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Newest Serial Episode Details Flaws in Bergdahl Search

Another chapter of Sgt. Bowe Bergdahl's story has unfolded in the latest episode of Serial, "Meanwhile, in Tampa," the fifth episode of the podcast's second season. In the latest episode, host Sarah Koenig and her team focus on the many flaws that hampered the search for Bergdahl before his release in 2014.

Following Bergdahl's 2009 disappearance and capture by the Taliban, there was an exhaustive "boots on the ground" manhunt in Afghanistan and parts of Pakistan to find him. However, when those searches proved fruitless, the search for Bergdahl was placed in the hands of Army intelligence agencies—or at least, that's what Bergdahl's friends and families assumed.

Kim Harrison of Portland, OR was a close friend of Bergdahl's and was notified of his disappearance in 2009. She later took finding him into her own hands and bounced around several different, laborious administrative hurdles with the Army, the NSA, the CIA and Interpol and other agencies. Her efforts finally caught the attention of one Tampa-based Central Command analyst (who is not named in the Serial episode) who helped Kim navigate the chain of command—including recommending that she buy one officer scotch and beef jerky just to get a meeting with him.

What Kim and the analyst discovered is that finding Bergdahl was not a priority of any the higher-ups that they were pointed to. In fact, some of them hadn't even heard of Bergdahl. Even more troubling was that, during this effort, they learned that other hostages were also being largely ignored. Caitlan Coleman and her husband Joshua Boyle had been captured in Afghanistan in 2012 and, left to languish, Coleman even gave birth while in Taliban captivity.

"It Was This Big Loop"

Kim Harrison wasn't the only person who felt determined to do something about Bergdahl's case. Retired Lt. Col. Jason Amerine was tasked with helping find Bergdahl around the same time, as well and encountered a "loop" of different attitudes, agency-to-agency, that assumed others were looking for Bergdahl. “CENTCOM assumed SOCOM had it," Amerine said, "SOCOM assumed the State Department had it, and months later, after a lot of meetings, I finally figured out the State Department assumed that the military had it. It was this big loop."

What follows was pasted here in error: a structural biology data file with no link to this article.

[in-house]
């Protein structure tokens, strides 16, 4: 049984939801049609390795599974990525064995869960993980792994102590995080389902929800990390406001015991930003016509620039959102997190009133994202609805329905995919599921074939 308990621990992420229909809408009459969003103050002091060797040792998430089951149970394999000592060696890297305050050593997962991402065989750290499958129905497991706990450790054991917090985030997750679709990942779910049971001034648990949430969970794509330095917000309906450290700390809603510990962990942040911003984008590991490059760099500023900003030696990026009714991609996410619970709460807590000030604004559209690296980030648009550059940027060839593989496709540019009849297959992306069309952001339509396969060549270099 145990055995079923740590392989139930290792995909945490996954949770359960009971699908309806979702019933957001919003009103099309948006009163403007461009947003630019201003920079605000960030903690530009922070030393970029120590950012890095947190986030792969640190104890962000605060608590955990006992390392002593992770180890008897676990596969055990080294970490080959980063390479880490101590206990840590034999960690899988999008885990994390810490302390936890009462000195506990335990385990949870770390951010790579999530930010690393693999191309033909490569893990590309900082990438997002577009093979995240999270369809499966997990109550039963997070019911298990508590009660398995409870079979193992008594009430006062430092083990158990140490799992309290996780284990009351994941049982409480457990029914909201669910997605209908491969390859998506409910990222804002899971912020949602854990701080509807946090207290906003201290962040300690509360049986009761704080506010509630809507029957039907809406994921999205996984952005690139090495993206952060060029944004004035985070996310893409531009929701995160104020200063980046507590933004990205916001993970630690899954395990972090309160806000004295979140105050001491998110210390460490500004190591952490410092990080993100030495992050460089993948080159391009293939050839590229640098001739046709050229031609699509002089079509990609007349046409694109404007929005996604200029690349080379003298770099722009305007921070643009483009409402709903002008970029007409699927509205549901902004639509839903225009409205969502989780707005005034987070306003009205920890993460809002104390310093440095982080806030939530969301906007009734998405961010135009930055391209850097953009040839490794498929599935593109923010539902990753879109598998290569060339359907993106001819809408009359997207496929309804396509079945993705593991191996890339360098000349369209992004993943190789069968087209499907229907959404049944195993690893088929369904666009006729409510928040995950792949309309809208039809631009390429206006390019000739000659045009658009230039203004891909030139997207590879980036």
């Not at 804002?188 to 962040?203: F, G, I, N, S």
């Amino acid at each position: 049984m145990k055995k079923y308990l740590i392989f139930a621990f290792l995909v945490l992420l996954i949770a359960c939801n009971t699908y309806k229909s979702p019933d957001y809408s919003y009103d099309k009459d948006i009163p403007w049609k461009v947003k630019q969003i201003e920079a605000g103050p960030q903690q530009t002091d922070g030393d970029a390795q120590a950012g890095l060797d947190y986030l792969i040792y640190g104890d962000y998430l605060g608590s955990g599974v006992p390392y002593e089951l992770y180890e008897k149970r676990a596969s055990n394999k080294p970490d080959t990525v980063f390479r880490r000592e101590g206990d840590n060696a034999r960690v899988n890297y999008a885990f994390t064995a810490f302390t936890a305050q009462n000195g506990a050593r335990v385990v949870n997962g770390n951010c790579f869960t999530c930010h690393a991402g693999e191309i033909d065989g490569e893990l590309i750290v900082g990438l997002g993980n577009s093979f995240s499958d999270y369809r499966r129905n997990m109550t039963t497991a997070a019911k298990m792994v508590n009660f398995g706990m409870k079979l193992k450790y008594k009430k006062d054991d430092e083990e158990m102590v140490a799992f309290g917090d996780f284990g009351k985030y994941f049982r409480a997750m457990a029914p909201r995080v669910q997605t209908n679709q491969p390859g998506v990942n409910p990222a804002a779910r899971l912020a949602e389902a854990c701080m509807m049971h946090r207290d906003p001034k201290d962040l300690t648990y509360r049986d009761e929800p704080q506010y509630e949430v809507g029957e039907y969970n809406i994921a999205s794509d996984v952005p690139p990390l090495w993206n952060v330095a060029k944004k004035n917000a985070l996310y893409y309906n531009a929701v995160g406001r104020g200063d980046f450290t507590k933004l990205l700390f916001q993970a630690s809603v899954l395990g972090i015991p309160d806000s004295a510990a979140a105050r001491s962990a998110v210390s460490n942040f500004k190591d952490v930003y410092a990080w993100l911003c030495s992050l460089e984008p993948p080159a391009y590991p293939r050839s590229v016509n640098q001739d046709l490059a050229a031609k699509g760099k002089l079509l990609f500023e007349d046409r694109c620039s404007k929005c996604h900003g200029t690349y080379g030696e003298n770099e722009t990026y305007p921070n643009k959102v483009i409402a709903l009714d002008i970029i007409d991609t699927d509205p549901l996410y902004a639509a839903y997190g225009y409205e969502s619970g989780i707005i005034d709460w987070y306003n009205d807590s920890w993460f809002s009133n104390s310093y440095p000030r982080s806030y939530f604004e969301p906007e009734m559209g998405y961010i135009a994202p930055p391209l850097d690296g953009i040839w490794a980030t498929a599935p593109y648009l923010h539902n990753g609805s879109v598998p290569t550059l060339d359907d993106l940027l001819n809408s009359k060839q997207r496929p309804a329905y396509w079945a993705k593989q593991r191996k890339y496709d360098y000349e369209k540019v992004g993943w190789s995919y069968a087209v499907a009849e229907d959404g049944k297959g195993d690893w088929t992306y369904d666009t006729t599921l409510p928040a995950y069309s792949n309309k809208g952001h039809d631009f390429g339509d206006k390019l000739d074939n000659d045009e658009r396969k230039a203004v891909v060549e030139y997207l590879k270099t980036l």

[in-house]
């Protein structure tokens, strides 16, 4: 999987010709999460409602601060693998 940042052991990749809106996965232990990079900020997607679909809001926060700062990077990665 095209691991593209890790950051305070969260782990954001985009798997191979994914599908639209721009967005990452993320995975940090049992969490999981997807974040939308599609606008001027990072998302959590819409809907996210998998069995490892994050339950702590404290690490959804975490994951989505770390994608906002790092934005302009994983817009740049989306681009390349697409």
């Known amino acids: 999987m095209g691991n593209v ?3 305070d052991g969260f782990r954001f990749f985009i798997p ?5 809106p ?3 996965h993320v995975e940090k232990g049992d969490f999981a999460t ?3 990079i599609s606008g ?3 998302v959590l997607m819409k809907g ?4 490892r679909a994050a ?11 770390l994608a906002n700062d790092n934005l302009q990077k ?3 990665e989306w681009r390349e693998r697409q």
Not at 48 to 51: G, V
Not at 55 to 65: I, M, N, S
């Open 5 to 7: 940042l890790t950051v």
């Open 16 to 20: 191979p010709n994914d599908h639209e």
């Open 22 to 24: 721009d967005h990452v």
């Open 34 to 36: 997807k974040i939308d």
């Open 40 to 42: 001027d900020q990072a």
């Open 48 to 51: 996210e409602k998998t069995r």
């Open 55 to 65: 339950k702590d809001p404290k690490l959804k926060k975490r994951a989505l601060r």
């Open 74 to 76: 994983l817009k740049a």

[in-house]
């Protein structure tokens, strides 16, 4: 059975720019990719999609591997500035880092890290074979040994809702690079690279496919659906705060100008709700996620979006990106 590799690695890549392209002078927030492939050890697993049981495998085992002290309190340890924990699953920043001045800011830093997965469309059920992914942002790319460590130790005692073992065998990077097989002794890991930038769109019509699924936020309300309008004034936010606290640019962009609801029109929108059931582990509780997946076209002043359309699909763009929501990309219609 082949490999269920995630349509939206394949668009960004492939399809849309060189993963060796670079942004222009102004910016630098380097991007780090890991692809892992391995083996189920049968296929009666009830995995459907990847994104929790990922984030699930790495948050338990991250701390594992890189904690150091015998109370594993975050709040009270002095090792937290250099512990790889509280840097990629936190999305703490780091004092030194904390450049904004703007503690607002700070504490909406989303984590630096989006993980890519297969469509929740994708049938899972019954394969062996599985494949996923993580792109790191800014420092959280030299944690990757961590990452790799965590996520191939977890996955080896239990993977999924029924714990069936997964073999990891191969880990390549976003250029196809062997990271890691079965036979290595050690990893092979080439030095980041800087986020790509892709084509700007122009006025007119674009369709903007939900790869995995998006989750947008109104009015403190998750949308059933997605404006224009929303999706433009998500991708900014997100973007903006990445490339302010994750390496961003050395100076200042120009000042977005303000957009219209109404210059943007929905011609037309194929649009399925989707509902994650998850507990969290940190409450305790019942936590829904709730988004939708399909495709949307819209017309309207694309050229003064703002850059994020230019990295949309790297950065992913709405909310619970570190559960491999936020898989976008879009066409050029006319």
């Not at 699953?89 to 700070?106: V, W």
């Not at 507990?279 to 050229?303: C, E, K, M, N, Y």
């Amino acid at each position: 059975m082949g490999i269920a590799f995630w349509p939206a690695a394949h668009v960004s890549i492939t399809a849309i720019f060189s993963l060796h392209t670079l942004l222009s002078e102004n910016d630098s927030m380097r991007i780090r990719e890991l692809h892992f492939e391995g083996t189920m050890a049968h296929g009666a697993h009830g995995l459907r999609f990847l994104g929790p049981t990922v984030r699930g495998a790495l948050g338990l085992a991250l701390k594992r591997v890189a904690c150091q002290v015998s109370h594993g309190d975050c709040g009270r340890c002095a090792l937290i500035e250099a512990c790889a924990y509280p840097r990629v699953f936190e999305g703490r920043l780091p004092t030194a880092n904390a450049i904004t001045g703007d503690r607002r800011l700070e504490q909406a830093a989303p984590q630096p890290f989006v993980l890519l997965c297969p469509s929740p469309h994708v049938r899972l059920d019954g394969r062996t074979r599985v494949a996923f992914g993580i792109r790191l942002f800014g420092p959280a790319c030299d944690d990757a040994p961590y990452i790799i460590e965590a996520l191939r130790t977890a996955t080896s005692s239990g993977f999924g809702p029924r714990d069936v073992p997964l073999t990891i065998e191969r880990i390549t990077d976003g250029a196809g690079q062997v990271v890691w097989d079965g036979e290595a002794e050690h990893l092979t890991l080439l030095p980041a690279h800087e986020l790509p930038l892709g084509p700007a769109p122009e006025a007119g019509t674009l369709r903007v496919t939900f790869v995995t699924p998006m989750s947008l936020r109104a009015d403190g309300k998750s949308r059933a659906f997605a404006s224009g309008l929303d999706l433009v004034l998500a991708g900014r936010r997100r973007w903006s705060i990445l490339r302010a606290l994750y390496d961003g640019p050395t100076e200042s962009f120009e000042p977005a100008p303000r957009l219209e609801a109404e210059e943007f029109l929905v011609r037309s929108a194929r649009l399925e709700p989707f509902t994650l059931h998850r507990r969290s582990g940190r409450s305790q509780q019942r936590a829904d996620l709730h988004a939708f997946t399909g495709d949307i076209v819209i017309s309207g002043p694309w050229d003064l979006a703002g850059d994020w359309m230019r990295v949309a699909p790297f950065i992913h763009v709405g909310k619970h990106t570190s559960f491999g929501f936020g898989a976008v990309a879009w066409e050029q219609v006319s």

Besides that, Amerine also discovered that there was a corrosive attitude towards Bergdahl in general. "The refrain was almost always that the guy’s a traitor," Amerine told Koenig. "That attitude was everywhere up and down the chain of command." Harrison, too, came up against this attitude, noting that she didn't expect to have to sell the fact that Bergdahl deserved to come home to the decision-makers she met with. Bergdahl and even Caitlan Coleman were often dismissed as foolhardy because they "shouldn't have been there" in Afghanistan in the first place.

Another former analyst named "Nathan" saw Bergdahl's case fall down the ladder of Army priorities as officials continued to tell Bergdahl's family that they were doing "all they can." While Nathan didn't work on Bergdahl's case directly, he was so frustrated with his colleague's treatment of the effort that he reached out the Bergdahl family via Facebook to tell them how little the Army was doing to get Bowe back. The message inspired Bergdahl's father Bob to later release a YouTube video addressing the Pakistani government, pleading for its help with the return of his son.

Parsing all of this information, Koenig brings up a critical point: while certainly there were other Army and U.S. Intelligence priorities in the five years the Bergdahl was missing, how much diligence was his case actually receiving if the climate surrounding the effort was so negative? And more than this, how many suggestions, ideas, and concerns from lower-ranking personnel went unsaid because of the prevalent bias against Bergdahl among their superiors?

You can listen to the fifth episode of Serial season 2 here. Episode six will debut on February 4, 2016.

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